Kamienski reports that conditions in this quarry were so bad up to 150 prisoners were killed there a day (133). As clerk in Kastenhof, Kamienski was personally responsible for telling the roll-call leader how many prisoners were returning and how many corpses were returning (150).
Tandler took charge of the 2,000 Russian prisoners of war
(POW) who arrived in the camp in November or December, 1941 (134) and occupied
Blocks 13,14, 15 and 16 (150) as well as the young Russians in Block 24 after
1942. By March 1942 only a few were still alive (134). Tandler, who didn’t
speak Russian well, was in sole control of the Russian POWs wherever they
worked. Most worked in the Kastenhof quarry where Kamienski
worked. From the first day they went to work after being quarantined for six
weeks, Tandler mistransla
The Russians were also grossly underfed, receiving only half
the rations that the rest of the prisoners received (135). Russians would, when
leaving the camp for the quarry, pass to the left of the ga
The Russians worked on the ground in the quarry pushing material in the carts on the narrow gage railway. Half an hour before prisoners returned to the camp, the “kippe” where filled with dead or half-dead bodies, the half dead on the bottom, by Tandler’s order, so that the dead would crush them to death. They were taken back to the camp on the rail-lines, where prisoners could see those still alive open-mouthed and struggling for air while the SS abused them (137-138). Once in the camp, these bodies were “dumped (137). The SS block leaders would kick those still living in the head, saying things like, “Look at that dirty pig. He is still alive” (138).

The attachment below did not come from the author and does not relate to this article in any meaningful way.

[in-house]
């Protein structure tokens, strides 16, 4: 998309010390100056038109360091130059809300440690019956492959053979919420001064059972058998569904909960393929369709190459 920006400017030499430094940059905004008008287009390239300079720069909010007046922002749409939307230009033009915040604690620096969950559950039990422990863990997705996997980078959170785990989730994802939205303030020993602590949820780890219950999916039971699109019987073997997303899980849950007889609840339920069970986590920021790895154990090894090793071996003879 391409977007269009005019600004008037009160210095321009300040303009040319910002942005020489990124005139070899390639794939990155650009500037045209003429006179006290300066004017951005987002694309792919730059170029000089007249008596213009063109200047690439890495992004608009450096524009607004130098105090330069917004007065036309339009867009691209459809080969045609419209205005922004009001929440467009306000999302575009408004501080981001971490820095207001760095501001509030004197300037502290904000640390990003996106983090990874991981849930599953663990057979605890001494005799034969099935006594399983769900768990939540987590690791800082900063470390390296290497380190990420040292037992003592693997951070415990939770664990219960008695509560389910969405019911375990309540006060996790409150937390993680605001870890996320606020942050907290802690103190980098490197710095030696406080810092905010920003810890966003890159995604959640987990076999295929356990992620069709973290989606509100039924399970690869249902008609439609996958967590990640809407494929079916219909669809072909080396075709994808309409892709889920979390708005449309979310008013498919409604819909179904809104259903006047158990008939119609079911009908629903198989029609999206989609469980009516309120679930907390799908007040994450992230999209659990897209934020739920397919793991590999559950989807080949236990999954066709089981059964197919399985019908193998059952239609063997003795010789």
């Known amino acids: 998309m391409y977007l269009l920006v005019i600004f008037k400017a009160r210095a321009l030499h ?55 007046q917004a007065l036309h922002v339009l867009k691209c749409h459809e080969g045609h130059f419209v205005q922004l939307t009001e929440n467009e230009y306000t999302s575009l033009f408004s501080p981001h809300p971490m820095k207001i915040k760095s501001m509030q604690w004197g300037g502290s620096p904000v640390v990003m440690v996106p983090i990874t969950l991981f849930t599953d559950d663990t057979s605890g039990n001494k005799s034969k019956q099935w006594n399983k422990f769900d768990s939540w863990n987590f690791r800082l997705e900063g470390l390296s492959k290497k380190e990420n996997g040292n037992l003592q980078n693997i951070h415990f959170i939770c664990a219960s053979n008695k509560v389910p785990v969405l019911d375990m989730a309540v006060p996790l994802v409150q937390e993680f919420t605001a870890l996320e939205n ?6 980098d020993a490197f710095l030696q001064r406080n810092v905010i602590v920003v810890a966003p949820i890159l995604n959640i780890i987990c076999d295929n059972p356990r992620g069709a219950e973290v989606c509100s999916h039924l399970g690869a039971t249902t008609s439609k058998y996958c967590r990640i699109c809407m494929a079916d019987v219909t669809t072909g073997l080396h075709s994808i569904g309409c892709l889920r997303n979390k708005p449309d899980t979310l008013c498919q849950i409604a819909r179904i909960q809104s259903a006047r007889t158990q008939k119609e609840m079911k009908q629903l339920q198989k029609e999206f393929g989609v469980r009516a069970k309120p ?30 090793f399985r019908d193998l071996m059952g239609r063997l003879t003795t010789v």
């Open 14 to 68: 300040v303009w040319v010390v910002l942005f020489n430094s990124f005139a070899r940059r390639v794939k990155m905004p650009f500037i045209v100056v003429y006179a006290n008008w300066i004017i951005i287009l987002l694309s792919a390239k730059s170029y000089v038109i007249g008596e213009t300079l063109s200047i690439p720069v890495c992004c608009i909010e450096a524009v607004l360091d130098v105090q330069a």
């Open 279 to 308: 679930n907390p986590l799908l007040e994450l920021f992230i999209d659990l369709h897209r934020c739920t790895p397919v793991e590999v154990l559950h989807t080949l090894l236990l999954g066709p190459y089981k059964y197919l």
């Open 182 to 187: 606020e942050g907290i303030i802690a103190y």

In approximately February 1942, Block 16, which was 90%
Russian, was gassed by the guards (138). Tandler was personally present on July
20, 1942, when a Russian officer was hanged from a lamppost by the kitchen. Kamienski sta
Because the worst criminals were specially selec
Kamienski testified that although the screams of those being bathed-to-death could be heard as far away as roll-call square, those prisoners who worked ten hours hard labor would come back to camp so tired they could barely eat before falling asleep. There were two groups in the camp. One worked ten hours a day. The other were “prominent people” (144) prisoners had free time and spent it playing soccer or playing cards and “did not have time to discuss the murders in the camps. Some of them, only those of the group of intelligent people, showed some interest in that regardless whether they had a position or not” (144). Only “special occasions, executions, shooting” (144) were generally discussed by prisoners. While prominent prisoners, who were mostly German until 1942 when some Poles were given positions as block clerks, could play soccer on Sunday, the only spectators where block elders. Everyone else was resting. Polish prisoners were also doctors or technical people (145). Many prisoners knew about the murders in the washrooms, but few new the details (149).